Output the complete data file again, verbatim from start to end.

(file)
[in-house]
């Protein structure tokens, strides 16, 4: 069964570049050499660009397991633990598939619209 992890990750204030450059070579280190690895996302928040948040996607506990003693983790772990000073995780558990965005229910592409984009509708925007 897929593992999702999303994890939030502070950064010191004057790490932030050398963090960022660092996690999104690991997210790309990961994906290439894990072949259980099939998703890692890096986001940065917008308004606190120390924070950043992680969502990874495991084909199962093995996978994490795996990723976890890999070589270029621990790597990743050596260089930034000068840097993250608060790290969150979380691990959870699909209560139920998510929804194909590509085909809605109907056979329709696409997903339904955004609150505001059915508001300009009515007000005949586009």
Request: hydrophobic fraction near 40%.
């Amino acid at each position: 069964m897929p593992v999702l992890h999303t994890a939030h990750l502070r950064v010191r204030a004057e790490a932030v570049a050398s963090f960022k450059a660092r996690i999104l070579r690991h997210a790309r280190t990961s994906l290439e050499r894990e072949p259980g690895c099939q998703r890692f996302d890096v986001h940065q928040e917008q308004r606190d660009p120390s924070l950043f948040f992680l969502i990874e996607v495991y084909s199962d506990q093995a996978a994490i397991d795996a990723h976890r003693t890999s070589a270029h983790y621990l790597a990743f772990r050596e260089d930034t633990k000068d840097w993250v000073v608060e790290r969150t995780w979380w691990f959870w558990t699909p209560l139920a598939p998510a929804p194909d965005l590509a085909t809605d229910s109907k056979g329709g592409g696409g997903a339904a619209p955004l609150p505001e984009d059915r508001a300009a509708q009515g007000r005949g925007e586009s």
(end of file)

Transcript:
[in-house]
């Protein structure tokens, strides 16, 4: 069964570049050499660009397991633990598939619209 992890990750204030450059070579280190690895996302928040948040996607506990003693983790772990000073995780558990965005229910592409984009509708925007 897929593992999702999303994890939030502070950064010191004057790490932030050398963090960022660092996690999104690991997210790309990961994906290439894990072949259980099939998703890692890096986001940065917008308004606190120390924070950043992680969502990874495991084909199962093995996978994490795996990723976890890999070589270029621990790597990743050596260089930034000068840097993250608060790290969150979380691990959870699909209560139920998510929804194909590509085909809605109907056979329709696409997903339904955004609150505001059915508001300009009515007000005949586009």
Request: hydrophobic fraction near 40%.
């Amino acid at each position: 069964m897929p593992v999702l992890h999303t994890a939030h990750l502070r950064v010191r204030a004057e790490a932030v570049a050398s963090f960022k450059a660092r996690i999104l070579r690991h997210a790309r280190t990961s994906l290439e050499r894990e072949p259980g690895c099939q998703r890692f996302d890096v986001h940065q928040e917008q308004r606190d660009p120390s924070l950043f948040f992680l969502i990874e996607v495991y084909s199962d506990q093995a996978a994490i397991d795996a990723h976890r003693t890999s070589a270029h983790y621990l790597a990743f772990r050596e260089d930034t633990k000068d840097w993250v000073v608060e790290r969150t995780w979380w691990f959870w558990t699909p209560l139920a598939p998510a929804p194909d965005l590509a085909t809605d229910s109907k056979g329709g592409g696409g997903a339904a619209p955004l609150p505001e984009d059915r508001a300009a509708q009515g007000r005949g925007e586009s």